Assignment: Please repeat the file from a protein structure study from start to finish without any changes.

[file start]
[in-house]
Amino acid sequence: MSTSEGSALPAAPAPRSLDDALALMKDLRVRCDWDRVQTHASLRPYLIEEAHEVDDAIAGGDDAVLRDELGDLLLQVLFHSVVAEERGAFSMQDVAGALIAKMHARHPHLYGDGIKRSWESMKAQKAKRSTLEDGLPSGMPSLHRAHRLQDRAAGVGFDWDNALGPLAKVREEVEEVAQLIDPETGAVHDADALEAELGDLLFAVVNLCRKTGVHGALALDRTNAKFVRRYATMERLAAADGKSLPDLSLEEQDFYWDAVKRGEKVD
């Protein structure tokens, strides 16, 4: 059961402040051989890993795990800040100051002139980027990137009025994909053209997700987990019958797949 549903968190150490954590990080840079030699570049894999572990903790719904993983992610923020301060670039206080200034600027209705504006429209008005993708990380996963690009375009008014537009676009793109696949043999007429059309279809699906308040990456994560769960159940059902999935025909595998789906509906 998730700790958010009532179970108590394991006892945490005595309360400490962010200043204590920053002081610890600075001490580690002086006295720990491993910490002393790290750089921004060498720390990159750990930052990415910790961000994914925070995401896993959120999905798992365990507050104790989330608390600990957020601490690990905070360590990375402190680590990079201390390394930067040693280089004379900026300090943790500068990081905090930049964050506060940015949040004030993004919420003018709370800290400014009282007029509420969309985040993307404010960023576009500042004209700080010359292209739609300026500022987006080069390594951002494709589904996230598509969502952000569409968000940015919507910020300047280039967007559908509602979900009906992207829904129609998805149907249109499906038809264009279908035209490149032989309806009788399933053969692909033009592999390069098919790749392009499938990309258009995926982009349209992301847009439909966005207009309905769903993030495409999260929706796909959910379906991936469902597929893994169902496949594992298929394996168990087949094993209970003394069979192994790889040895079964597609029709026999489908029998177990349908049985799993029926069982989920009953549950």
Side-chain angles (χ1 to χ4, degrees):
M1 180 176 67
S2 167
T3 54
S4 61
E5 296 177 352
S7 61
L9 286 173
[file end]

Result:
[in-house]
Amino acid sequence: MSTSEGSALPAAPAPRSLDDALALMKDLRVRCDWDRVQTHASLRPYLIEEAHEVDDAIAGGDDAVLRDELGDLLLQVLFHSVVAEERGAFSMQDVAGALIAKMHARHPHLYGDGIKRSWESMKAQKAKRSTLEDGLPSGMPSLHRAHRLQDRAAGVGFDWDNALGPLAKVREEVEEVAQLIDPETGAVHDADALEAELGDLLFAVVNLCRKTGVHGALALDRTNAKFVRRYATMERLAAADGKSLPDLSLEEQDFYWDAVKRGEKVD
């Protein structure tokens, strides 16, 4: 059961402040051989890993795990800040100051002139980027990137009025994909053209997700987990019958797949 549903968190150490954590990080840079030699570049894999572990903790719904993983992610923020301060670039206080200034600027209705504006429209008005993708990380996963690009375009008014537009676009793109696949043999007429059309279809699906308040990456994560769960159940059902999935025909595998789906509906 998730700790958010009532179970108590394991006892945490005595309360400490962010200043204590920053002081610890600075001490580690002086006295720990491993910490002393790290750089921004060498720390990159750990930052990415910790961000994914925070995401896993959120999905798992365990507050104790989330608390600990957020601490690990905070360590990375402190680590990079201390390394930067040693280089004379900026300090943790500068990081905090930049964050506060940015949040004030993004919420003018709370800290400014009282007029509420969309985040993307404010960023576009500042004209700080010359292209739609300026500022987006080069390594951002494709589904996230598509969502952000569409968000940015919507910020300047280039967007559908509602979900009906992207829904129609998805149907249109499906038809264009279908035209490149032989309806009788399933053969692909033009592999390069098919790749392009499938990309258009995926982009349209992301847009439909966005207009309905769903993030495409999260929706796909959910379906991936469902597929893994169902496949594992298929394996168990087949094993209970003394069979192994790889040895079964597609029709026999489908029998177990349908049985799993029926069982989920009953549950």
Side-chain angles (χ1 to χ4, degrees):
M1 180 176 67
S2 167
T3 54
S4 61
E5 296 177 352
S7 61
L9 286 173